Segregation and the intraracial divide

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Interviewer: What were your first impressions of Penn, the student body, and your social experiences?

Pilar: Penn—oh, I loved it…when I first got here, because I did Af-Ams. The Af-Ams is the African-American Studies Institute thing. And, they have like, the black kids who are coming to Penn in the fall, they come in the summertime…there’s grad students here, there’s like black faculty and they teach like a week, like intensive, like research kind of…”

Interviewer: So, you choose to be in it?

Pilar: Right…it’s usually like all the black kids come. So, you’re there and like…you notice by the end of the week, you’re like…you’re up like these crazy hours and you’re up writing papers and so, by the end of the week, you’re really close with all these people.

Pilar grew up in a predominately black working class area just outside of New York City. She had an exclusively black peer group prior to college and was excited to make a place for herself at the University.

Sandra also enjoyed the Summer Institute. She had previously visited the University on a recruiting trip for the swim team and had not been able to attend Minority Scholar’s Weekend. Until the Summer Institute, Sandra had not made much exposure to the study of Black issues.

Interviewer: So, what was [Af-Am’s] like?

Sandra: Af-Am’s we like, well, my experience here at Penn previously was a predominately white experience…So, it was a totally different experience…And, also we were studying black issues…It was just like the flip side of a coin, it was really interesting. I learned a lot. I had like a whole other way of thinking because I had never studied black issues before, like you never talked about social inequality. All my friends that first year came out of Af-Am’s…because I spent the majority of my time with them in Af-Am’s.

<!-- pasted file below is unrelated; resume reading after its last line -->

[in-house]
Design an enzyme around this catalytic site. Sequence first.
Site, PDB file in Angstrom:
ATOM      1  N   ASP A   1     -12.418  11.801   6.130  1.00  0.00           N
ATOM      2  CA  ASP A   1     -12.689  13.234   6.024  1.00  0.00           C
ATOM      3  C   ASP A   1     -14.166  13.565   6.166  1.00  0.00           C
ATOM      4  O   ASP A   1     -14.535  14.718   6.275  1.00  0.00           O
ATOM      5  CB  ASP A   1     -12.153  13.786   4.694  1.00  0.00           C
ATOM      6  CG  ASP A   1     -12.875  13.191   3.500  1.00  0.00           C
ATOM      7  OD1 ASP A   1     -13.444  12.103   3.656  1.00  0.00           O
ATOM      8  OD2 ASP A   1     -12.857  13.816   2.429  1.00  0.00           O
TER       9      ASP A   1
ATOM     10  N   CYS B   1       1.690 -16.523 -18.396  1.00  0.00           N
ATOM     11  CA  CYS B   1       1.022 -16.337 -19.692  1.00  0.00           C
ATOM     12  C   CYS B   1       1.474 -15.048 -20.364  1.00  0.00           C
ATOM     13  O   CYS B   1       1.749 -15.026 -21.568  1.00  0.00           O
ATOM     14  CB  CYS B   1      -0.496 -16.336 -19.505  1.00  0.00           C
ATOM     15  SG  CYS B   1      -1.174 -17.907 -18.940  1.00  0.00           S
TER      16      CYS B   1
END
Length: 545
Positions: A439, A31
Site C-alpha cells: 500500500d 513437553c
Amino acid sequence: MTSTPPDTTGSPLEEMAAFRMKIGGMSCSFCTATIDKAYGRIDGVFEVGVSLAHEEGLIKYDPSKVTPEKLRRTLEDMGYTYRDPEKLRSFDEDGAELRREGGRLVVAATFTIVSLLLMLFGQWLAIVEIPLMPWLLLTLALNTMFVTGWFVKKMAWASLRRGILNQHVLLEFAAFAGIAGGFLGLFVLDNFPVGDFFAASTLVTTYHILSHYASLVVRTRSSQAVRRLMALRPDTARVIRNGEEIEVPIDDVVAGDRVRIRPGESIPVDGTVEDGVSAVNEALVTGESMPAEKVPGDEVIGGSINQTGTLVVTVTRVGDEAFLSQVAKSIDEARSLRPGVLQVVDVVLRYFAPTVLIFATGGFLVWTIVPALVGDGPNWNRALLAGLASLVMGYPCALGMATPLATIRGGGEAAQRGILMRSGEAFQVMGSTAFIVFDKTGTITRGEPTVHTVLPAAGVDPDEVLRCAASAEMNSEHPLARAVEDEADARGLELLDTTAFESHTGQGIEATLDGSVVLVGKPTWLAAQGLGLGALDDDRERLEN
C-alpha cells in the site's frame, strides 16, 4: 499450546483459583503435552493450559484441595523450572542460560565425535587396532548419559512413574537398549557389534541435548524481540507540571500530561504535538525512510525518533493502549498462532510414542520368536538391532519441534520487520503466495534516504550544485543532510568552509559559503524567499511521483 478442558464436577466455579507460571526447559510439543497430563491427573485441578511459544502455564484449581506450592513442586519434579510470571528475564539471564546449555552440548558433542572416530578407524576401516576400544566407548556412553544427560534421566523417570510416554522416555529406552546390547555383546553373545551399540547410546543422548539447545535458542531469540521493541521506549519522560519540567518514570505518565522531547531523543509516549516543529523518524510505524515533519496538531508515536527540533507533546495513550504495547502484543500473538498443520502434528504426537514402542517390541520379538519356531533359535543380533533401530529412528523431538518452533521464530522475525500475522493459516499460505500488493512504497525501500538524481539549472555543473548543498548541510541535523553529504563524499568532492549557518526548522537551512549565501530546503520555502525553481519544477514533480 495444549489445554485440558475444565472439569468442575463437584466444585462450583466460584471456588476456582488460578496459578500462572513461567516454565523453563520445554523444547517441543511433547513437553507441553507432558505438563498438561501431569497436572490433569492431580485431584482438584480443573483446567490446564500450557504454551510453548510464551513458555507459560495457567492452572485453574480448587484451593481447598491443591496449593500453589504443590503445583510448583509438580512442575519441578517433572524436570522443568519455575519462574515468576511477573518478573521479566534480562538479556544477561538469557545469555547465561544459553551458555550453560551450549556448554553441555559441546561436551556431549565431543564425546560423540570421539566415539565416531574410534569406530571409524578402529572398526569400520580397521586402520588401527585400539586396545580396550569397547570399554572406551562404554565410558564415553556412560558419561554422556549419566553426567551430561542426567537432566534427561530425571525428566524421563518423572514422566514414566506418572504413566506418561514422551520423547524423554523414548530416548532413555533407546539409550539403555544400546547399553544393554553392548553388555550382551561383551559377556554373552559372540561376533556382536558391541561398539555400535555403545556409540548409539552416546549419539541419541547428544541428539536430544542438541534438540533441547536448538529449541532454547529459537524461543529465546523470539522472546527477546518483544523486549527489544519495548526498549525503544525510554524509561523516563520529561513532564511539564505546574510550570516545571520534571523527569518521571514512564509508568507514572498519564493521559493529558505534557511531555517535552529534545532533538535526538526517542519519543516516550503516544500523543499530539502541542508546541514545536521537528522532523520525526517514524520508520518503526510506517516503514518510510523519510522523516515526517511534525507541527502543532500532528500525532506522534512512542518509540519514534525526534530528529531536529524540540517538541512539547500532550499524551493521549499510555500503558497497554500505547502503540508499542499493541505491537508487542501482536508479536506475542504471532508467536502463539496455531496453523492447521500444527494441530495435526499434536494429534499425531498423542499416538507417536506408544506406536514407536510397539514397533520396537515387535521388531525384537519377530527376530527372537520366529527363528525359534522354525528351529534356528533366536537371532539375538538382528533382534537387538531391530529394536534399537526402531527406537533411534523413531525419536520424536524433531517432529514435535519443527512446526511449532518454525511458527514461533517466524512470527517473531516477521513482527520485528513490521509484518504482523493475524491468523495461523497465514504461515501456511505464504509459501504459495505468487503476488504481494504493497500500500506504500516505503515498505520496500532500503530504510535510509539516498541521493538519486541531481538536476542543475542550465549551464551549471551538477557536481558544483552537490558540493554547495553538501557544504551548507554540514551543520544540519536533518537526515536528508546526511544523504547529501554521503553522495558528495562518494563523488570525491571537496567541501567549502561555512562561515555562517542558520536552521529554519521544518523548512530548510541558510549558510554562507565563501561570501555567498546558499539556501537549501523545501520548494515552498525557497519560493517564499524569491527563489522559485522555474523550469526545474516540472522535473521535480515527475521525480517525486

Before coming to Penn, Denise had attended a small liberal arts college in California but left after the first semester because she did not like the campus or the student body. When she got the invitation to the Summer Institute, she was thrilled to get to know other black students and “get into the swing of things.” Her previous college held a similar program but she did not participate in it.

Interviewer: What was it like when you first got here? What were your first impressions of Penn?

Denise: Oh, it was wonderful. I did the Af-Am Institute…it’s all black, oh yeah…We come and you know, it’s a week of these intense classes, they give you three different classes, you know, mini courses that you take and you get to meet other people. And, I thought that this was really big for me because I’m like, okay, when I come back to school I’ll know some people, you know, while I’m getting in the swing of things. And, I hadn’t realized that happened in my other college too, like there were [black] kids who had some sort of program and they all knew each other, and it was real comfortable for them…And, I came here and I loved it. I thought it was great. I was like the dorms are great. I was like the food is great. I was really excited. I was like it’s in Philly, Philly’s a black city, I just though it was all wonderful. And, then when I started Penn, you know, I was like, okay, this is great.
The Du Bois College House was an important attraction for many black students from integrated and segregated backgrounds alike. Du Bois sits on the very most outer edge of campus away from the goings-on of more centrally located residences such as the Quad (where the majority of freshmen live), broaching a predominately black West Philadelphia neighborhood. Students were excited about the fact that there was a place reserved for them and their interests. The Du Bois House was tantalizing for students from integrated schools and neighborhoods in that they foresaw the opportunity to socialize and live with many same-race peers who would share similar interests. As Tia contended: